Re:From what I see on TV (2, Insightful)

fredrated (639554) | more than 7 years ago | (#18377085)

"But as it stands, the public didn't expect casualty rates to rise after heavy combat operations ceased."

Did "Mission Accomplished" have anything to do with that?

May be solving the wrong problem (4, Interesting)

Animats (122034) | more than 7 years ago | (#18376721)

True. That may be solving the wrong problem.

The problem they're working on with this isn't one the US has. The "superhuman abilities" thing is useful when assaulting hard, heavily defended, hard to access targets. But the US military is very good at assaulting hard targets.

What the US military is lousy at is fighting guerrilla and insurgent movements. Those are about intelligence, not firepower. The opposition tries to avoid offering any hard targets. They don't fight pitched battles. It's classic Maoist doctrine: "The enemy advances, we retreat; the enemy camps, we harass; the enemy tires, we attack; the enemy retreats, we pursue." The US couldn't deal with that in Vietnam, and it can't deal with it in Iraq.

Re:May be solving the wrong problem (2, Insightful)

amper (33785) | more than 7 years ago | (#18376781)

No, it's not the US military that's lousy at that kind of warfare. It's the civilian US politicians and bureaucrats that are lousy at it. The US military has known how to fight that kind of war all the way back to the Revolution and before.

Re:From what I see on TV (0, Troll)

kamapuaa (555446) | more than 7 years ago | (#18376795)

Actually, the US military under president Bush actively discourages soldiers from learning Arabic, because of a concern that soldiers would empathize with Arabian contacts and start sympathizing with the enemy. It sounds a little ludicrous, and I can't say I approve, but there's been a number of agents in the Interzone who have actually merged with their cover stories. Just the daily cost of doing war against Islam Inc.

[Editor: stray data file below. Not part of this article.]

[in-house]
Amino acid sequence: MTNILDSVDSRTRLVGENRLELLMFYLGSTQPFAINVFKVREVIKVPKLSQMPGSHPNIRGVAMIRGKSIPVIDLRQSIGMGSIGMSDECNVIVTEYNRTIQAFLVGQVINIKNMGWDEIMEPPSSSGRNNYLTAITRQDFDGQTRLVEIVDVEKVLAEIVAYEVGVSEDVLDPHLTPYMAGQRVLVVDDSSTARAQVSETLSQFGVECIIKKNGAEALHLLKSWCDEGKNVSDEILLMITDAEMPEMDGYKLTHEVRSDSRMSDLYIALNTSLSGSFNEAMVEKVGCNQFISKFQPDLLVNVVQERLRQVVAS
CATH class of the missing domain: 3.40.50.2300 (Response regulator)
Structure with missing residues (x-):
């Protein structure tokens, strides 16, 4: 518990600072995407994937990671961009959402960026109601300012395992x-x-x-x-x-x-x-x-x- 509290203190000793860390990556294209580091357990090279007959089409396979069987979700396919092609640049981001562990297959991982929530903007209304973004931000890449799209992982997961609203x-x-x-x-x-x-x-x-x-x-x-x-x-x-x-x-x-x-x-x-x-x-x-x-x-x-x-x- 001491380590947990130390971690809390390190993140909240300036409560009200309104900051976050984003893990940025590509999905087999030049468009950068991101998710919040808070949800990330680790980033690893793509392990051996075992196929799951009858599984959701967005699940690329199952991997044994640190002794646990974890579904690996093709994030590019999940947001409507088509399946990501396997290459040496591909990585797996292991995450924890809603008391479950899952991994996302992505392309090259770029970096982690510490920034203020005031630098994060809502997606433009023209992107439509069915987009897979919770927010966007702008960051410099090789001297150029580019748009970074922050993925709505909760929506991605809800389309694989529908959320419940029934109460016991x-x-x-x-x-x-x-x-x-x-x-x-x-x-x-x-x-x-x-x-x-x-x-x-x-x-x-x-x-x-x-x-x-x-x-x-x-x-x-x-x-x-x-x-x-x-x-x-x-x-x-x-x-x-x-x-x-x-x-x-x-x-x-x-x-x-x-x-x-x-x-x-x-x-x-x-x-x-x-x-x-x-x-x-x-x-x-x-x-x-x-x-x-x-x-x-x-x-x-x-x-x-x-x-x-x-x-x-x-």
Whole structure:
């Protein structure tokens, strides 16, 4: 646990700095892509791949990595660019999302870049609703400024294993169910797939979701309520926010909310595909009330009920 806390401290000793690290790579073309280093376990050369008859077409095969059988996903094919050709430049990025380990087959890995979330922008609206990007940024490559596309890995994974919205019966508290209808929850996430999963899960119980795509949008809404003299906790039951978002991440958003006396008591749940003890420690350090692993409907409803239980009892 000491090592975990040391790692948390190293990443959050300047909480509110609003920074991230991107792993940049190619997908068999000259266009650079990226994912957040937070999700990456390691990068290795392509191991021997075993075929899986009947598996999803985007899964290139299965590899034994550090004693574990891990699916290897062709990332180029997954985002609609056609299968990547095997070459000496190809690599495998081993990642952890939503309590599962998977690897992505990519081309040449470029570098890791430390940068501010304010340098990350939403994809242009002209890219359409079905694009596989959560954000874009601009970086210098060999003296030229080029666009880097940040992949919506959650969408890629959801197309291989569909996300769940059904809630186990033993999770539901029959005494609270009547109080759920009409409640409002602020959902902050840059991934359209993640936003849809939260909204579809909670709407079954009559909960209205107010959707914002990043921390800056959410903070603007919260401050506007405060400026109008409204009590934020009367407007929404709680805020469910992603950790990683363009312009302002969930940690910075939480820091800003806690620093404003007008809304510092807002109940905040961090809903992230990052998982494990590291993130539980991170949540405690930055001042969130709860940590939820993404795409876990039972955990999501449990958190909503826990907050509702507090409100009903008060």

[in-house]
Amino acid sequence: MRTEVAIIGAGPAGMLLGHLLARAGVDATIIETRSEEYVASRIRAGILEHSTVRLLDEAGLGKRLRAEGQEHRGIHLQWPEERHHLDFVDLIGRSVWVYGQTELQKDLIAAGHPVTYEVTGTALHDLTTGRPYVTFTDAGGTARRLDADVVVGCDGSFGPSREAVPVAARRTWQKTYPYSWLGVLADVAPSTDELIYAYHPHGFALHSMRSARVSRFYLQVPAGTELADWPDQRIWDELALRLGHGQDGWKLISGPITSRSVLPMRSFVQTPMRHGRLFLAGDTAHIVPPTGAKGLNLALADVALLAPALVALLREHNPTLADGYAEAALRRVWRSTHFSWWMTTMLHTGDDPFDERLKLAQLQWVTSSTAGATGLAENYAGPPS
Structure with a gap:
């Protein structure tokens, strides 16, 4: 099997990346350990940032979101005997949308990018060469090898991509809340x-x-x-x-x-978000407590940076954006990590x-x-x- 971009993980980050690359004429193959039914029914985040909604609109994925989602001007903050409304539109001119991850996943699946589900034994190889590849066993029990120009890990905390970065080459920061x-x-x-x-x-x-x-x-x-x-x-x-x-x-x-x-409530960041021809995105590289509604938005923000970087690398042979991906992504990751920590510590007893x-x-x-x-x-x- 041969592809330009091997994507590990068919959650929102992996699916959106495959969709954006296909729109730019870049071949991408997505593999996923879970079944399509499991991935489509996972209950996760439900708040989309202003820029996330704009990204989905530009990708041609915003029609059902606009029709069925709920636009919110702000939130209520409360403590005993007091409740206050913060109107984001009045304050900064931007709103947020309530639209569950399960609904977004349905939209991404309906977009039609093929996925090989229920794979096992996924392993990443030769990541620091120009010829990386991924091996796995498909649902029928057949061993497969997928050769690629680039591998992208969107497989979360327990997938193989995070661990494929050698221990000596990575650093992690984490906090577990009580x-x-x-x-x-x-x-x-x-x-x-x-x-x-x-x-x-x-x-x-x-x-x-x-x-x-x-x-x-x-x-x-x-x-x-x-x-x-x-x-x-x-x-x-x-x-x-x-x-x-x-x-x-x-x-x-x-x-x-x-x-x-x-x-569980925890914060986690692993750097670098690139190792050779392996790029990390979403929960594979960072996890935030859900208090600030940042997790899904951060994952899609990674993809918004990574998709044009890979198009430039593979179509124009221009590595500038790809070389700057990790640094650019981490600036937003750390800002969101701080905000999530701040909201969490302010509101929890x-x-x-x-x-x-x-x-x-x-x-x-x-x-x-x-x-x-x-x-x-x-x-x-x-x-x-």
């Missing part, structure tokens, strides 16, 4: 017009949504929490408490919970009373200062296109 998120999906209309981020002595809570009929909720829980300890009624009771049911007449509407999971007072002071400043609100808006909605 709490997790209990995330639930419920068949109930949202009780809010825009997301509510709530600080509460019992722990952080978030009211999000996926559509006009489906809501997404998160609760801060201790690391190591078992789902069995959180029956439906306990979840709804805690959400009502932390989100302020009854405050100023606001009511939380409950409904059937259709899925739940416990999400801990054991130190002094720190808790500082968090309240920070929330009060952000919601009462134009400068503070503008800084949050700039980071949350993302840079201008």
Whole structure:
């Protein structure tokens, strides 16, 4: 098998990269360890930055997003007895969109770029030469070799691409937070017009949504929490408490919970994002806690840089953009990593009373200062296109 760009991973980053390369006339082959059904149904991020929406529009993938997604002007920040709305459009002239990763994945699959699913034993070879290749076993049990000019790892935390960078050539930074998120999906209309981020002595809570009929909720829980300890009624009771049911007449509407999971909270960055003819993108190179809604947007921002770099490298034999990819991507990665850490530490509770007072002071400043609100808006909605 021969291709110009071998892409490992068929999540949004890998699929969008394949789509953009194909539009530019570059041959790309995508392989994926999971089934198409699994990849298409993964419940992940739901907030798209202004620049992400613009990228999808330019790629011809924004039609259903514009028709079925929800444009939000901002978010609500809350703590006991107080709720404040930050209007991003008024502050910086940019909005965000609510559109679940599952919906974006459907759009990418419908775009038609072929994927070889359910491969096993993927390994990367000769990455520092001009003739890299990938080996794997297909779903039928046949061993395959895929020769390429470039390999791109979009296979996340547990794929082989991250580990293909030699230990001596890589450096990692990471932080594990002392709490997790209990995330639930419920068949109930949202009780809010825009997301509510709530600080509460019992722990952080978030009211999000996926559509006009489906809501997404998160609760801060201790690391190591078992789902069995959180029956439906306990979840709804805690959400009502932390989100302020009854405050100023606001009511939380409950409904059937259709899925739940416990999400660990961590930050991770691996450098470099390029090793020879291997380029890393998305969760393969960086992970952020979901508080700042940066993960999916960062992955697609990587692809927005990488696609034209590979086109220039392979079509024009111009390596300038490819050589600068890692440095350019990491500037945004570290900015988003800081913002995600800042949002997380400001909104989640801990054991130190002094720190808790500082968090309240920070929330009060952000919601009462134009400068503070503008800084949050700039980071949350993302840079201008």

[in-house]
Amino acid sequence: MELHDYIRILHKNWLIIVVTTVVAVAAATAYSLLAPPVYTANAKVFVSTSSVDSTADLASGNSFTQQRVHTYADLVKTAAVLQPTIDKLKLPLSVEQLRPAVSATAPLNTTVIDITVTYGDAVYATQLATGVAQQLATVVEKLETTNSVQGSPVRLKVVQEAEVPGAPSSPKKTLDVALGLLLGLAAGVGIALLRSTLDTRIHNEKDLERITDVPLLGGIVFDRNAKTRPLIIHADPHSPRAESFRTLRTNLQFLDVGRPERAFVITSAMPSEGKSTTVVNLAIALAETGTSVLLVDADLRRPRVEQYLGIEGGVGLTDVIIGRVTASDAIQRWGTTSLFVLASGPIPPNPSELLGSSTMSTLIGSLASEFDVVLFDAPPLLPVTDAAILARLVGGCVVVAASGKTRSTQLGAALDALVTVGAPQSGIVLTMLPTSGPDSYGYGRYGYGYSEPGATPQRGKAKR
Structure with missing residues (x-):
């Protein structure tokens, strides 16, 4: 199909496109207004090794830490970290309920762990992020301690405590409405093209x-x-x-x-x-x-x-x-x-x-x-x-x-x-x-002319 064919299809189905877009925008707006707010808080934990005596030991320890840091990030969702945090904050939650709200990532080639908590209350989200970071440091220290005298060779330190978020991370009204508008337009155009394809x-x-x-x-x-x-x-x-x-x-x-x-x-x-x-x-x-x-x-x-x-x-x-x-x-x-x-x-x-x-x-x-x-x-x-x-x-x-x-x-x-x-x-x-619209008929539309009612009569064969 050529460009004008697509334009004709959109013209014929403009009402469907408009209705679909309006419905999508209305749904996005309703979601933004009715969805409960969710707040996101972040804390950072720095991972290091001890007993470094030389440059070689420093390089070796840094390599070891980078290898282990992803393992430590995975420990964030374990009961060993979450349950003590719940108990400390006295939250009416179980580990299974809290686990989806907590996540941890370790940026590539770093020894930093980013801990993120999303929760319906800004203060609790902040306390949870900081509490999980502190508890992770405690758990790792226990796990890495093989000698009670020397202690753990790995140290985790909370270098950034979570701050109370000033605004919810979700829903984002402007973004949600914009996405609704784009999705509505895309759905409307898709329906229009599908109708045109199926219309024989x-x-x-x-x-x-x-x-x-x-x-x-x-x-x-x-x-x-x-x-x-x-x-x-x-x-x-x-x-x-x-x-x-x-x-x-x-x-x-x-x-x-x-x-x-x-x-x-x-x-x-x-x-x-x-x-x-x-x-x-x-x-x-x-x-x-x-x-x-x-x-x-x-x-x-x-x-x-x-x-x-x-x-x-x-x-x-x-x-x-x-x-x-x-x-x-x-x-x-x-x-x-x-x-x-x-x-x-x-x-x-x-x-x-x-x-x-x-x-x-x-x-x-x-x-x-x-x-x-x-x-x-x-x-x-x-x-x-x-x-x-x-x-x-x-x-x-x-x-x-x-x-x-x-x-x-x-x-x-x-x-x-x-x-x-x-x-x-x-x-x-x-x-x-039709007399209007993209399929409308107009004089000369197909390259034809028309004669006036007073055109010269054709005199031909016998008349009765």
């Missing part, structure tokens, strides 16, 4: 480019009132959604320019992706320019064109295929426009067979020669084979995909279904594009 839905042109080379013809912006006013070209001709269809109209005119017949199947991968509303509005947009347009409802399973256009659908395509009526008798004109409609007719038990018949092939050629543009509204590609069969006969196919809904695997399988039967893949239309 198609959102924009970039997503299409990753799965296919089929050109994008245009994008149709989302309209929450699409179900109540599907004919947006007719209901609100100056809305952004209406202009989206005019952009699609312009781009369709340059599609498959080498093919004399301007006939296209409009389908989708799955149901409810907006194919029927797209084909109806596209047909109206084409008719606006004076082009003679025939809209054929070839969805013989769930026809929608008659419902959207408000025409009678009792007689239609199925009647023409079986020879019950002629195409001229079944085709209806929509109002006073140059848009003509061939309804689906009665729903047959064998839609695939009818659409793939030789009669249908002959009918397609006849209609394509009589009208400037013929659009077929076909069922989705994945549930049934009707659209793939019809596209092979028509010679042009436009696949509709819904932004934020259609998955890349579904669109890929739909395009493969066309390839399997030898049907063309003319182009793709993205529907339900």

Re:From what I see on TV (1)

rhakka (224319) | more than 7 years ago | (#18376893)

Maybe because they find that the arabs have some very real and compelling reasons for resisting american-sponsored activities in the area once they can talk to the people there. Like, how we tend support powers that will do business with us, who are in turn plundering their own country's resources while the people of those countries see very little of the benefits.

Just a guess.

Re:From what I see on TV (4, Insightful)

SirWhoopass (108232) | more than 7 years ago | (#18376975)

"Interesting"? That's the most idiotic thing I've heard. That it is completely false. In no way does the US military discourage personnel from learning Arabic. In fact, the US Army is offering $20,000 bonuses for Arabic speakers who enlist.

Er... (3, Informative)

vivin (671928) | more than 7 years ago | (#18377069)

I say this as a soldier. I also say this as one who went there and came back.

Not everyone is cut out to learn Arabic (which is why "Assalam alaikum", essentially "How are you doing?" in Arabic, turns into "Licka-me-salami". Admittedly, juvenile soldier humour) That's why we have translators and language specialists in the Army. The Army does have people who are skilled in Arabic, though not enough.

They do teach us basic Arabic phrases before we head out there. In fact, we carry a "language card" with us that has some common phrases.

To be brutally honest, it's not Arabic that will save us when we are there. It's Tactics and Procedures and it's technology. This is what we spent the bulk of our time on before we headed out there. In addition to some basic language and culture classes, to better understand the Iraqis. Who's going to survive longer in a firefight? A soldier who is well-trained on his weapon and whatever gadget he carries? Or a Soldier yelling out "Assalam Alaikum!" while bullets fly around him? Who's going to survive an IED? A soldier who has been trained how to react to such an event, or one who knows really good Arabic?